- JFETs can only be operated in the depletion mode whereas MOSFETs can be operated in either depletion or in enhancement mode. In a JFET, if the gate is forward biased, excess- carrier injunction occurs and the gate current is substantial. Thus channel conductance is enhanced to some degree due to excess carriers but the device is never operated with gate forward biased because gate current is undesirable.
- MOSFETs have input impedance much higher than that of JFETs. This is due to negligibly small leakage current.
- JFETs have characteristic curves more flat than those of MOSFETs indicating a higher drain resistance.
- When JFET is operated with a reverse bias on the junction, the gate current IG is larger than it would be in a comparable MOSFET. The current caused by minority carrier extraction across a reverse-biased junction is greater, per unit area, than the leakage current that is supported by the oxide layer in a MOSFET. Thus MOSFET devices are more useful in electrometer applications than are the JFETs.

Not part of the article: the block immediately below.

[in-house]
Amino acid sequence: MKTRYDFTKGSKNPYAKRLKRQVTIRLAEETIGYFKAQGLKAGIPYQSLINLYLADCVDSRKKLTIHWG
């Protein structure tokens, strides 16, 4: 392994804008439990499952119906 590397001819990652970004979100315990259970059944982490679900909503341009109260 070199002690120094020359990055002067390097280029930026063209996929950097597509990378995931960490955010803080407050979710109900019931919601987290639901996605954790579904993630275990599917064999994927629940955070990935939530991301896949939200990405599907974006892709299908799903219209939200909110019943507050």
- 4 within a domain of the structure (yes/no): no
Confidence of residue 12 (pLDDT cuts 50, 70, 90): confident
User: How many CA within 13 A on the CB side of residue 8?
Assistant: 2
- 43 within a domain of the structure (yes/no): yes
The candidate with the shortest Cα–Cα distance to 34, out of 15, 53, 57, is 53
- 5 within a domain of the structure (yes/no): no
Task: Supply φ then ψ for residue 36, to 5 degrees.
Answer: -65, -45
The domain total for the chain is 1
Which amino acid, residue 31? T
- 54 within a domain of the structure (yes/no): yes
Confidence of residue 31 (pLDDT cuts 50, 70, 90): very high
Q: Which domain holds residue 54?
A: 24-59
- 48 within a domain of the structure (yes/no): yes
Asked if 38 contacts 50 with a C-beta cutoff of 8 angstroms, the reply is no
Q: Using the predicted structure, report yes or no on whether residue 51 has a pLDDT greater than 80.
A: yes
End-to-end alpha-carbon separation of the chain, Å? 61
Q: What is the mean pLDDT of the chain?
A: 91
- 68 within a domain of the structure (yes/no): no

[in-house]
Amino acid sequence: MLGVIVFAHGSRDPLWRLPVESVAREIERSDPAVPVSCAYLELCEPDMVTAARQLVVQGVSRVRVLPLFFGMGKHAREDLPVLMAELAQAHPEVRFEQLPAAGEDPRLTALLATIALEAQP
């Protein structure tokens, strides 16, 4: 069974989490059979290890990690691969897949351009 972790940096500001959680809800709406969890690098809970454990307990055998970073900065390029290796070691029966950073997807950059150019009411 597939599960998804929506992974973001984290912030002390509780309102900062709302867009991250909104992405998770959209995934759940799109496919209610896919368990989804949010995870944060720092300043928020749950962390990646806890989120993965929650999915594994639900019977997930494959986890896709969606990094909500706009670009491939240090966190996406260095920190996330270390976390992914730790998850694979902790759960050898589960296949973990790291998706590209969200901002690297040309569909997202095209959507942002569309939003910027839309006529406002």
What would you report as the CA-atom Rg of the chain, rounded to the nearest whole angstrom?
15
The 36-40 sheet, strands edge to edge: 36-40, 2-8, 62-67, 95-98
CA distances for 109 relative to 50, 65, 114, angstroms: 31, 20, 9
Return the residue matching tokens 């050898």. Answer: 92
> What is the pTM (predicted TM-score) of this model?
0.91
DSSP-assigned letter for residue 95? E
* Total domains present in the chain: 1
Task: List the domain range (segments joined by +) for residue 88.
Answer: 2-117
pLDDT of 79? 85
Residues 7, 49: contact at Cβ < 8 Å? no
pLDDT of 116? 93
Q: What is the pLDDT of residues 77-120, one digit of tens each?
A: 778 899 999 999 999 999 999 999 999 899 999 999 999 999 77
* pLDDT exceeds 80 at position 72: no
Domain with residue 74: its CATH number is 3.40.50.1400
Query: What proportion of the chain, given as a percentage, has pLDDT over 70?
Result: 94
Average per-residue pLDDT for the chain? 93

For the above reasons, and also because MOSFETs are somewhat easier to manufacture, they are more widely used than are the JFETs.